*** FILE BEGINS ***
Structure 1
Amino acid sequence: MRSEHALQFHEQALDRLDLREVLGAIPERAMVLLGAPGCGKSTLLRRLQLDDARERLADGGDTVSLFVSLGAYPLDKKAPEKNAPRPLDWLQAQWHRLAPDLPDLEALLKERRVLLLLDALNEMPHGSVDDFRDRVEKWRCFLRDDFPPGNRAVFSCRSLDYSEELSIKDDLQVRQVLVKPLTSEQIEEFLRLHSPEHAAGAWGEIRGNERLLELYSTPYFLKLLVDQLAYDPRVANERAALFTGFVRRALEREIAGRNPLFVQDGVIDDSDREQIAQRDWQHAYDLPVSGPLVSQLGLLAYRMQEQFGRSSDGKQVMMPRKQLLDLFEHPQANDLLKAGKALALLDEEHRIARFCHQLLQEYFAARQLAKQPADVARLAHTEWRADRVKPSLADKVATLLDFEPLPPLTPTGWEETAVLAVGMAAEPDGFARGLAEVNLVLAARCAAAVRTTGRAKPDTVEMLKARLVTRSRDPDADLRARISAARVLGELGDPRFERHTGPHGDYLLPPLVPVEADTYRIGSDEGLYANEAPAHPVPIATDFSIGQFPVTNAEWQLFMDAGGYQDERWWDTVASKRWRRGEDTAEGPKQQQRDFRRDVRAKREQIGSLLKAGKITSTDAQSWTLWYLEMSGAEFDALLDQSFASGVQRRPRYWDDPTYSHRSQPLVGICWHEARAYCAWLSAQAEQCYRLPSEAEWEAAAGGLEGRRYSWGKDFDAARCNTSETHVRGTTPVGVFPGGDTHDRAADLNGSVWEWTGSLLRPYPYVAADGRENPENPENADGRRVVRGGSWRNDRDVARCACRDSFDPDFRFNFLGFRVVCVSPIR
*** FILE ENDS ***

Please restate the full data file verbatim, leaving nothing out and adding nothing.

Structure 1
Amino acid sequence: MRSEHALQFHEQALDRLDLREVLGAIPERAMVLLGAPGCGKSTLLRRLQLDDARERLADGGDTVSLFVSLGAYPLDKKAPEKNAPRPLDWLQAQWHRLAPDLPDLEALLKERRVLLLLDALNEMPHGSVDDFRDRVEKWRCFLRDDFPPGNRAVFSCRSLDYSEELSIKDDLQVRQVLVKPLTSEQIEEFLRLHSPEHAAGAWGEIRGNERLLELYSTPYFLKLLVDQLAYDPRVANERAALFTGFVRRALEREIAGRNPLFVQDGVIDDSDREQIAQRDWQHAYDLPVSGPLVSQLGLLAYRMQEQFGRSSDGKQVMMPRKQLLDLFEHPQANDLLKAGKALALLDEEHRIARFCHQLLQEYFAARQLAKQPADVARLAHTEWRADRVKPSLADKVATLLDFEPLPPLTPTGWEETAVLAVGMAAEPDGFARGLAEVNLVLAARCAAAVRTTGRAKPDTVEMLKARLVTRSRDPDADLRARISAARVLGELGDPRFERHTGPHGDYLLPPLVPVEADTYRIGSDEGLYANEAPAHPVPIATDFSIGQFPVTNAEWQLFMDAGGYQDERWWDTVASKRWRRGEDTAEGPKQQQRDFRRDVRAKREQIGSLLKAGKITSTDAQSWTLWYLEMSGAEFDALLDQSFASGVQRRPRYWDDPTYSHRSQPLVGICWHEARAYCAWLSAQAEQCYRLPSEAEWEAAAGGLEGRRYSWGKDFDAARCNTSETHVRGTTPVGVFPGGDTHDRAADLNGSVWEWTGSLLRPYPYVAADGRENPENPENADGRRVVRGGSWRNDRDVARCACRDSFDPDFRFNFLGFRVVCVSPIR